"Boston drug price watchdog criticized for ‘one-size-fits-all’ approach" by Jonathan Saltzman Globe Staff, June 24, 2019
A Boston-based watchdog group uses a “one-size-fits-all” approach to determine fair prices for prescription drugs, a mind-set ill-suited for a growing wave of expensive medicines that treat rare diseases, according to a new report by a libertarian-leaning think tank.
The Pioneer Institute report challenged how the nonprofit Institute for Clinical and Economic Review, or ICER, gauges what drugs should cost. The influential watchdog’s real agenda, the Pioneer Institute said, is to build pressure on drug firms to cut prices.
“ICER’s continuing negative reviews of rare disease drugs seem to indicate that their goal is not to accommodate the unique contextual challenges of rare disease therapies but simply to push their prices down,” said the study written by William Smith, a visiting fellow in the life science at Pioneer, which is also located in Boston.
Smith is a former longtime vice president at Pfizer, the New York-based drug giant, which has more than 2,100 employees in Massachusetts. He also worked for prominent Republican politicians, including governors William F. Weld and Paul Cellucci and President George H. W. Bush.
A spokesman for ICER said the report was full of misinformation, including its contention that ICER criticized last month’s decision by Swiss drug giant Novartis to price a revolutionary gene therapy for a rare genetic disease at $2.1 million.
In fact, although Zolgensma bears the highest price tag of any medicine ever, ICER said the drug appeared to be worth it. Zolgensma is a one-time, life-saving treatment for spinal muscular atrophy, the leading genetic killer of infants, and the Food and Drug Administration approved an expanded label to include babies who tested positive in genetic screening but don’t yet show symptoms.
“We are ecstatic that such a treatment exists,” David Whitrap, an ICER spokesman and former employee of Boston-based Vertex Pharmaceuticals, said after reading the Pioneer report. “This is precisely the kind of treatment that our health system should be rewarding handsomely.”
The Pioneer report focuses on treatments for rare diseases, which drug makers have in recent years sometimes priced at jaw-dropping, six-figure sums. The federal government gives drug makers generous financial incentives for developing medicines for so-called orphan diseases.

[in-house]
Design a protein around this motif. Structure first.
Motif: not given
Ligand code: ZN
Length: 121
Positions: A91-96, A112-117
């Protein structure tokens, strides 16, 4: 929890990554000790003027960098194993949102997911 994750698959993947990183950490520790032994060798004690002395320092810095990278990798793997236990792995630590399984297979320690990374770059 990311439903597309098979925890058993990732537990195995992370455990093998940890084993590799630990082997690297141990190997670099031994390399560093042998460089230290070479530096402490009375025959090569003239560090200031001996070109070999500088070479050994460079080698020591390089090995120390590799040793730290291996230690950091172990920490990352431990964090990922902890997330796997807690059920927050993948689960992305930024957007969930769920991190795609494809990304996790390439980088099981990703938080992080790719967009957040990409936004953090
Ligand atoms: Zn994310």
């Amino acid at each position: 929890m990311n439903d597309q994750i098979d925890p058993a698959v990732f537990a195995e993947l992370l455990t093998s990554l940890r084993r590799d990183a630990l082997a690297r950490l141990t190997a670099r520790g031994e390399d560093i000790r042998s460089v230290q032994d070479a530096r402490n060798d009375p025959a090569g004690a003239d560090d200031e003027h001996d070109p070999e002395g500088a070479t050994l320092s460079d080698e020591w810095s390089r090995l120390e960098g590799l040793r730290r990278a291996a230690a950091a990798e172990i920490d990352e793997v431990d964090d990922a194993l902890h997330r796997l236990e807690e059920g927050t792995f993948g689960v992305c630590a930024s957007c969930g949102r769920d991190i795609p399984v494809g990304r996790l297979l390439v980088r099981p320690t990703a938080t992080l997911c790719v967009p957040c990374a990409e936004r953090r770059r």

Vertex, for example, has introduced three drugs since 2012 to treat cystic fibrosis, a rare genetic illness that attacks the lungs and other organs. The list prices of those drugs — Kalydeco, Orkambi, and Symdeko — range from $273,000 to $312,000 annually. ICER said last year that Vertex would have to lower its prices by 71 to 77 percent to align their costs with the benefits, but the Pioneer report said medicines for rare diseases need to be judged differently from most drugs.
The Pioneer report also takes aim at how ICER measures the value of a medical treatment over time.....
"Trump order aims to disclose ‘real’ costs for health care" by Reed Abelson and Margot Sanger-Katz New York Times, June 24, 2019
The White House released an executive order Monday afternoon intended to require insurance companies, doctors, and hospitals to give patients more information about precisely what their care will cost before they get it.
Consumers typically know the price of something before they make a purchase, but health care prices have historically been shrouded in secrecy. Insurers and medical providers negotiate discounted prices in private, and neither party wants competitors to know the details of the deals they have struck. The result is a market that can be opaque and surprising to consumers.
White House officials say that eliminating that secrecy could be a truly disruptive change that could lower health care prices and reorder the health care system by wresting power away from industry and into the hands of patients. This emphasis on transparency, some advisers say, could allow the president, who is seeking reelection, to point to strong action on health care despite falling short in his effort to repeal the health care law.
Exactly what information hospitals and insurers will have to disclose is not specified in the executive order, which has no force of law on its own. White House officials said the details would be worked out during the rule-making process. Hospitals and insurance companies are likely to lobby to make any disclosures as general as possible.
The health care industry has reacted to the president’s plan with alarm. Both hospital groups and insurance companies have written letters expressing their displeasure with an earlier request for comments about requiring broader price transparency. Their reaction to Monday’s executive order was equally negative.
Hospitals and insurers have both argued that forcing them to disclose negotiated prices could have the paradoxical effect of increasing costs, not lowering them. Many economists have similar concerns.
“We would be very much opposed to disclosure of privately negotiated rates,” Tom Nickels, an executive vice president at the American Hospital Association, said in an interview before the executive order was issued.